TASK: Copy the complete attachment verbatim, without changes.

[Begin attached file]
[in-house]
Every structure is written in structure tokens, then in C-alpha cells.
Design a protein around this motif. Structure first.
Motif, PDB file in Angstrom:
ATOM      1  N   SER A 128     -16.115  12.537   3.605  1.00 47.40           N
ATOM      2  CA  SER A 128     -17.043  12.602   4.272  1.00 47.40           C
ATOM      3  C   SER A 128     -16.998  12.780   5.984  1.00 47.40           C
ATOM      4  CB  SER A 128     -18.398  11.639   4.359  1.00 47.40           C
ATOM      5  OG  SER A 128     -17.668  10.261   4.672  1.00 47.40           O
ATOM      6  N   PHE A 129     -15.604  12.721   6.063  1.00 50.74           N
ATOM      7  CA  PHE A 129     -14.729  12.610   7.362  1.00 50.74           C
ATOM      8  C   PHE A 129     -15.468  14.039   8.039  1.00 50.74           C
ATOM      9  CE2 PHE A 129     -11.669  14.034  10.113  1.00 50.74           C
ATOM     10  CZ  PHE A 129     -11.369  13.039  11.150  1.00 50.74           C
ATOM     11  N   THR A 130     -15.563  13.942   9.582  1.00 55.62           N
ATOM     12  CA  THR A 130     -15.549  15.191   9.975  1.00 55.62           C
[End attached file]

[in-house]
Every structure is written in structure tokens, then in C-alpha cells.
Design a protein around this motif. Structure first.
Motif, PDB file in Angstrom:
ATOM      1  N   SER A 128     -16.115  12.537   3.605  1.00 47.40           N
ATOM      2  CA  SER A 128     -17.043  12.602   4.272  1.00 47.40           C
ATOM      3  C   SER A 128     -16.998  12.780   5.984  1.00 47.40           C
ATOM      4  CB  SER A 128     -18.398  11.639   4.359  1.00 47.40           C
ATOM      5  OG  SER A 128     -17.668  10.261   4.672  1.00 47.40           O
ATOM      6  N   PHE A 129     -15.604  12.721   6.063  1.00 50.74           N
ATOM      7  CA  PHE A 129     -14.729  12.610   7.362  1.00 50.74           C
ATOM      8  C   PHE A 129     -15.468  14.039   8.039  1.00 50.74           C
ATOM      9  CE2 PHE A 129     -11.669  14.034  10.113  1.00 50.74           C
ATOM     10  CZ  PHE A 129     -11.369  13.039  11.150  1.00 50.74           C
ATOM     11  N   THR A 130     -15.563  13.942   9.582  1.00 55.62           N
ATOM     12  CA  THR A 130     -15.549  15.191   9.975  1.00 55.62           C